Levendosky Passes On

Charles L. Levendosky, one of the founding columnists of The Progressive Populist and a steadfast supporter of the First Amendment and other civil liberties, died March 14 in the loving arms of his wife at his home in Casper, Wyo., from colon cancer. He was 67. Born in the Bronx, N.Y., to a military family, his schooling was diverse -- from Oklahoma to Germany. As an adult, he also lived in the Virgin Islands and Japan.

He was a poet and a journalist who received an undergraduate degree in both physics and mathematics and a master's in education from New York University. He taught in New York, Georgia, New Jersey and Wyoming and did poetry readings in places as varied as Harvard University to auditoriums filled with coal miners in Gillette, Wyo. He moved from New York City to Wyoming in 1972 and fell in love with the state.

On July 15, 1961, he married Charlotte Jaeger in New York. They were divorced in 1997. On Feb. 8, 1999, he married Dale Eva Eckhardt in Casper.

He wrote 12 books and chapbooks in addition to a remarkable career in journalism. He was awarded a National Endowment for the Arts Fellowship in 1974. In 1988, Gov. Mike Sullivan selected him as Wyoming's Poet Laureate. He served in that capacity until the end of Sullivan's term in office.

He was editorial page editor and a columnist for the Casper Star-Tribune since 1982. His weekly column was distributed by the New York Times wire service and appeared in more than 225 newspapers around the country. He also edited the First Amendment Cyber-Tribune ( He was equipped with a home office in 1999 when illness prevented him from working in the Star-Tribune building and he continued to write editorials and his weekly column despite having metastatic cancer.

Levendosky earned a reputation as an expert on First Amendment issues. He was honored with the Hugh M. Hefner First Amendment Award for Print Journalism, American Bar Association's Silver Gavel Award, the Baltimore Sun's H.L. Mencken Award and the Society of Professional Journalists' First Amendment Award. He was the recipient of a number of First Amendment awards given by the American Library Association and the Freedom to Read Foundation.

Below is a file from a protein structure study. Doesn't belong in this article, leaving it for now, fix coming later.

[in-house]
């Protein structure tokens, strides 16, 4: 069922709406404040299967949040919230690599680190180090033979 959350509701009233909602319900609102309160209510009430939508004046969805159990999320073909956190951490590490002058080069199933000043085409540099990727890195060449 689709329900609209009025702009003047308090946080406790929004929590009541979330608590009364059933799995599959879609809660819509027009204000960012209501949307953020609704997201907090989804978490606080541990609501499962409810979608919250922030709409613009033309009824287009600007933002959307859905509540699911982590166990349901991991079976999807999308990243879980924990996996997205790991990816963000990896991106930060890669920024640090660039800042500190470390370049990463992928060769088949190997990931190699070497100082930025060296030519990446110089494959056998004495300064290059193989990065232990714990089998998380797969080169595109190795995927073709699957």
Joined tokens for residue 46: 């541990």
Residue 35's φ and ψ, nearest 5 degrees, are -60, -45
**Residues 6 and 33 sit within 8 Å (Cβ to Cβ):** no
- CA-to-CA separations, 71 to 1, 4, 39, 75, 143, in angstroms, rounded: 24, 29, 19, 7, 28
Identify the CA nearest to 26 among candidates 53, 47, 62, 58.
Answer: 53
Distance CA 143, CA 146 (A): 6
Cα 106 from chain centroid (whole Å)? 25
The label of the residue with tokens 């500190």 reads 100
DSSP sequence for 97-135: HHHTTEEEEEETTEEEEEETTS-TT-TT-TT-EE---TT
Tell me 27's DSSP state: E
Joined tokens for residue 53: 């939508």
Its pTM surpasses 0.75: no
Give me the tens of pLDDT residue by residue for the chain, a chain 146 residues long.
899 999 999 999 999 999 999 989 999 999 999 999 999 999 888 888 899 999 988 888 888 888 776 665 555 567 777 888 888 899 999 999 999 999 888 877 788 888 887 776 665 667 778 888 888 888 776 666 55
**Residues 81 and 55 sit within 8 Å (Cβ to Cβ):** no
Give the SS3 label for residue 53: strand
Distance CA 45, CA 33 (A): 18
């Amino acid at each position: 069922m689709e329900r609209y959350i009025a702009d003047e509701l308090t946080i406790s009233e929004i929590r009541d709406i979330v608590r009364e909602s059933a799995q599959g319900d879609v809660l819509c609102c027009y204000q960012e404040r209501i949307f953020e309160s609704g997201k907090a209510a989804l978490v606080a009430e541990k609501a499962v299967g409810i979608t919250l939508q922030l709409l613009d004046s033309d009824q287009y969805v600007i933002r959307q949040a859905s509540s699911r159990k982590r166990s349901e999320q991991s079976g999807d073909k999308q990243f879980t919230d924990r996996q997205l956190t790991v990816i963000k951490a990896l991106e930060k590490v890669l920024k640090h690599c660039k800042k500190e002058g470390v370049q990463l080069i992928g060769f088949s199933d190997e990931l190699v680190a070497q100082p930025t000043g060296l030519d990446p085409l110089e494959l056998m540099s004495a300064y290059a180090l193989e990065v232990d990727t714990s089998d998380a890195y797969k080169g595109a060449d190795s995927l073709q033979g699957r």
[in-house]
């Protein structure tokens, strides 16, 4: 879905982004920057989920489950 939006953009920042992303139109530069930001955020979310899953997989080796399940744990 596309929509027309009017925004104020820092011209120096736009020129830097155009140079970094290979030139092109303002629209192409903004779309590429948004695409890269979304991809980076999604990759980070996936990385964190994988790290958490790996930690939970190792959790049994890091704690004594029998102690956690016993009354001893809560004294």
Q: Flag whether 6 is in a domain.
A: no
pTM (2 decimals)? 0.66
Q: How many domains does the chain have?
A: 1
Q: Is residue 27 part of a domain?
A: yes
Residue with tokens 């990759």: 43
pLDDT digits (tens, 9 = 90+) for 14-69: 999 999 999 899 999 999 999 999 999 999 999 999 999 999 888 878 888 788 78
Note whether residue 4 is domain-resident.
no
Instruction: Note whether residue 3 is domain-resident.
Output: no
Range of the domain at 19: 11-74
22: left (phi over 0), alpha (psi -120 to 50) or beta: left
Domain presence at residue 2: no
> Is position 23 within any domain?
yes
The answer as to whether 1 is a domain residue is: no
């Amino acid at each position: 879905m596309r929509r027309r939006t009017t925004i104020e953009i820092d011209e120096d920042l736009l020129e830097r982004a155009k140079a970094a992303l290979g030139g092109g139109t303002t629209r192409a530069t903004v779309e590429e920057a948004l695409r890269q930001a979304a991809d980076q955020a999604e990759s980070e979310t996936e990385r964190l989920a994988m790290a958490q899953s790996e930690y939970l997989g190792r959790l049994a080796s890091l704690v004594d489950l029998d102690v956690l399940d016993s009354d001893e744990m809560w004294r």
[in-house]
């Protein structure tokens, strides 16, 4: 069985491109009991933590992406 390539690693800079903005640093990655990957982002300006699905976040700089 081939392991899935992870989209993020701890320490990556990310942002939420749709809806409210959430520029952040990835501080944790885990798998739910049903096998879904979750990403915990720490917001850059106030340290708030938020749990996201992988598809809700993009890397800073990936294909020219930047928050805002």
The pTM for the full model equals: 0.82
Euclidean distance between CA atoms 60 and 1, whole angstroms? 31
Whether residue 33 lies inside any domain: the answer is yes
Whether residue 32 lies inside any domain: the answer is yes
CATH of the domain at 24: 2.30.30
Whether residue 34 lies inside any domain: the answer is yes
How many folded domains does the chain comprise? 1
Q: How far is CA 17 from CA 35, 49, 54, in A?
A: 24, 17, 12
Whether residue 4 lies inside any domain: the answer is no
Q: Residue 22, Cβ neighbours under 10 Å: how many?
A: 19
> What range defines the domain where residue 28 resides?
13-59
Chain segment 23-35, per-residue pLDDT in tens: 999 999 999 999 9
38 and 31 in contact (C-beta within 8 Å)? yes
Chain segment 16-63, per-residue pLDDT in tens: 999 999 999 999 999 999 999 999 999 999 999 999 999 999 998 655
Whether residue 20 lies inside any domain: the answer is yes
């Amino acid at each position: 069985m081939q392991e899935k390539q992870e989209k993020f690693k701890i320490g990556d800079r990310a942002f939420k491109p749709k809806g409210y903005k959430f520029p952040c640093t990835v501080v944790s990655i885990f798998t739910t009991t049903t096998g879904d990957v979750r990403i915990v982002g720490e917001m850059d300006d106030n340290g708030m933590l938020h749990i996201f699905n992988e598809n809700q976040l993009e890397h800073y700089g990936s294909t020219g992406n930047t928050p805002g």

Nationally syndicated columnist Nat Hentoff of The Village Voice told the Star-Tribune he and Levendosky shared leads on stories about infringements on the Bill of Rights, including the PATRIOT Act. "It's one thing to have the passion and the concern with keeping the liberties that the administration keeps telling us they're fighting to preserve against the terrorists, but it's quite another -- and it's much more rare -- to have somebody who writes about that with such meticulous care as to facts and the kind of research he did," Hentoff said. When he taught graduate journalism students at New York University last year, Hentoff said, "I kept reading them some of the things (Levendosky) did as the best examples I could think of (to show) what responsible journalism is. He really had the passion and a keen sense of his responsibilities to his readers."

Levendosky was one of the first writers to sign on with The Progressive Populist when it was founded in 1995. He was generous with his support through the years.

The family requests donations in his memory to Freedom to Read Foundation, 50 East Huron Street, Chicago, IL, 60611; Wyoming Outdoor Council, 262 Lincoln St., Lander, WY, 82520; the American Civil Liberties Union Foundation, 125 Broad St., 18th Floor, N.Y., N.Y., 10004; Native American Rights Fund, 1506 Broadway, Boulder, CO, 80302; Central Wyoming Hospice Program, 319 S. Wilson, Casper, WY, 82601; "or any organization that believes in preserving the beauty of our land and the right of freedom for all beings would be appreciated."

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